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Native Mice and Rats

Native Mice and Rats

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Native Mice and Rats

Longitud:
280 página
2 horas
Publicado:
Dec 17, 2007
ISBN:
9780643099319
Formato:
Libro

Descripción

Australia’s native rodents are the most ecologically diverse family of Australian mammals. There are about 60 living species – all within the subfamily Murinae – representing around 25 per cent of all species of Australian mammals. They range in size from the very small delicate mouse to the highly specialised, arid-adapted hopping mouse, the large tree rat and the carnivorous water rat.

Native Mice and Rats describes the evolution and ecology of this much-neglected group of animals. It details the diversity of their reproductive biology, their dietary adaptations and social behaviour. The book also includes information on rodent parasites and diseases, and concludes by outlining the changes in distribution of the various species since the arrival of Europeans as well as current conservation programs.

Publicado:
Dec 17, 2007
ISBN:
9780643099319
Formato:
Libro

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Native Mice and Rats - Bill Breed

NATIVE MICE

AND RATS

NATIVE MICE

AND RATS

BILL BREED AND FRED FORD

© Bill Breed and Fred Ford 2007

All rights reserved. Except under the conditions described in the Australian Copyright Act 1968 and subsequent amendments, no part of this publication may be reproduced, stored in a retrieval system or transmitted in any form or by any means, electronic, mechanical, photocopying, recording, duplicating or otherwise, without the prior permission of the copyright owner. Contact CSIRO PUBLISHING for all permission requests.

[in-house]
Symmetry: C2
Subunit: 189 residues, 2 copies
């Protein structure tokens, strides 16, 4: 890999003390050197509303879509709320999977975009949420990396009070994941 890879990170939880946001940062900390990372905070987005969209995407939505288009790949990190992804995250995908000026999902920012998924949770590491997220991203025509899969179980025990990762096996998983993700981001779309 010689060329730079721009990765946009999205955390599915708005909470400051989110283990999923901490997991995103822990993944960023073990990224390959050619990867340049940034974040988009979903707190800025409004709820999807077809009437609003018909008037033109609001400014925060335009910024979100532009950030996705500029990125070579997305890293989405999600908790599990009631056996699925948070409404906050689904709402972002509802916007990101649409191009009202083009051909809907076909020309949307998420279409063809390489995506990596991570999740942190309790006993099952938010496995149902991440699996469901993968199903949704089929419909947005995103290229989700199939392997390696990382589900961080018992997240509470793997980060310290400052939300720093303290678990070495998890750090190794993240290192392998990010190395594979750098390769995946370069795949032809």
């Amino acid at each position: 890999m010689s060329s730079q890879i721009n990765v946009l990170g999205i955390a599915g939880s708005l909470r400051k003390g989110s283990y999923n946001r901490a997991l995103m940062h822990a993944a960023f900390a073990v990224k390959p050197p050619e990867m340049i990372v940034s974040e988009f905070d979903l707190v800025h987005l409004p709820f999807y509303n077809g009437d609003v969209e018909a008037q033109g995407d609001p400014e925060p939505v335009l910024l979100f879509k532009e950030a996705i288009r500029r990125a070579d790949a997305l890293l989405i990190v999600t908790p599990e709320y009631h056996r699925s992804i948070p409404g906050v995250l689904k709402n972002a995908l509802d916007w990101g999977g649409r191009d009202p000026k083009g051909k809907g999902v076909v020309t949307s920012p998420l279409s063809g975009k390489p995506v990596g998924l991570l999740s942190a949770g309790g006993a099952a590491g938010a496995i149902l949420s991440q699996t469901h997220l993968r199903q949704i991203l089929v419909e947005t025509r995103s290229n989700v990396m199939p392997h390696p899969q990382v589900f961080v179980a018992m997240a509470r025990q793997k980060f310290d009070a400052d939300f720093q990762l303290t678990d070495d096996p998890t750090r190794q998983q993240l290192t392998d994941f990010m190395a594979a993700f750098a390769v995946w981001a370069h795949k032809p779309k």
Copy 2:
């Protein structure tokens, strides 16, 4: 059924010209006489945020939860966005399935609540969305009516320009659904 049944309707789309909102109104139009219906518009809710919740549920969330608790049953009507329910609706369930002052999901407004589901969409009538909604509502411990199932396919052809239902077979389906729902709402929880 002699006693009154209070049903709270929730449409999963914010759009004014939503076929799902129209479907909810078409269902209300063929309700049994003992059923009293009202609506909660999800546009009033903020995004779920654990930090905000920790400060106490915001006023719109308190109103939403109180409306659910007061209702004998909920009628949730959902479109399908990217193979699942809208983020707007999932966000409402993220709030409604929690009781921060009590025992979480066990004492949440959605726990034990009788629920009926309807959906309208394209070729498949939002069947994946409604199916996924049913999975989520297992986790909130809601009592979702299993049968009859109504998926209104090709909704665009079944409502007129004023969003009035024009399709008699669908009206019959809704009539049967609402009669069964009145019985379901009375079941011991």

National Library of Australia Cataloguing-in-Publication entry Breed, Bill.

Native mice and rats.

Bibliography.

Includes index.

ISBN 9780643091665 (pbk.).

I. Mice – Australia. 2. Rats – Australia. I. Ford, Fred. II. Title. (Series : Australian natural history series).

599.35

Published by

CSIRO PUBLISHING

150 Oxford Street (PO Box 1139)

Collingwood VIC 3066

Australia

Front cover: Spinifex hopping mouse emerging from burrow

Back cover (clockwise from top left): Golden-backed tree rat, delicate mouse,

western pebble-mound mouse, desert mouse

(photos by Jiri Lochman/Lochman Transparencies)

Set in 10.5/14 Palatino

Cover and text design by James Kelly

Typeset by Palmer Higgs

Printed in Australia by Ligare

CONTENTS

Preface and acknowledgements

1Introduction

2Diversity

3Distribution

4Origins and evolution

5Reproduction

6Diet and gastrointestinal tract

7Populations and communities

8Social organisation and behaviour

9Parasites and disease (by Andrew Breed)

10Conservation

Glossary

Bibliography

Index

PREFACE AND ACKNOWLEDGEMENTS

This book has been written by two biologists with very different backgrounds. Both of us, however, share a love of the natural world and have studied the biology of Australia’s native mice and rats extensively. We have both become fascinated by their diversity and the evolutionary relationships between the species within this group.

The book is the product of many years’ work and has had a gestation period of over six years. It is an attempt to summarise the information obtained about this group of mammals during the last 25 or so years. There are around 60 species of living rodents in Australia today. At least seven others have become extinct since the arrival of Europeans. It is perhaps surprising that the native mice and rats seem to have suffered as much, if not more, than the marsupials during this time.

One would have thought that by now the taxonomy of the group would have been thoroughly worked out, but this is not the case. Even the two authors of this book had a bit of a tussle agreeing on a mutually acceptable classification system. Almost everyone who has worked on the evolutionary biology of these rodents agrees that there are two major groups: one, an ancient group that has been in Australia for at least four million years and the other a more recent group, the ancestors of which probably arrived here one to two million years ago. However the relationships between and within the members of the older group in particular are currently in a state of flux.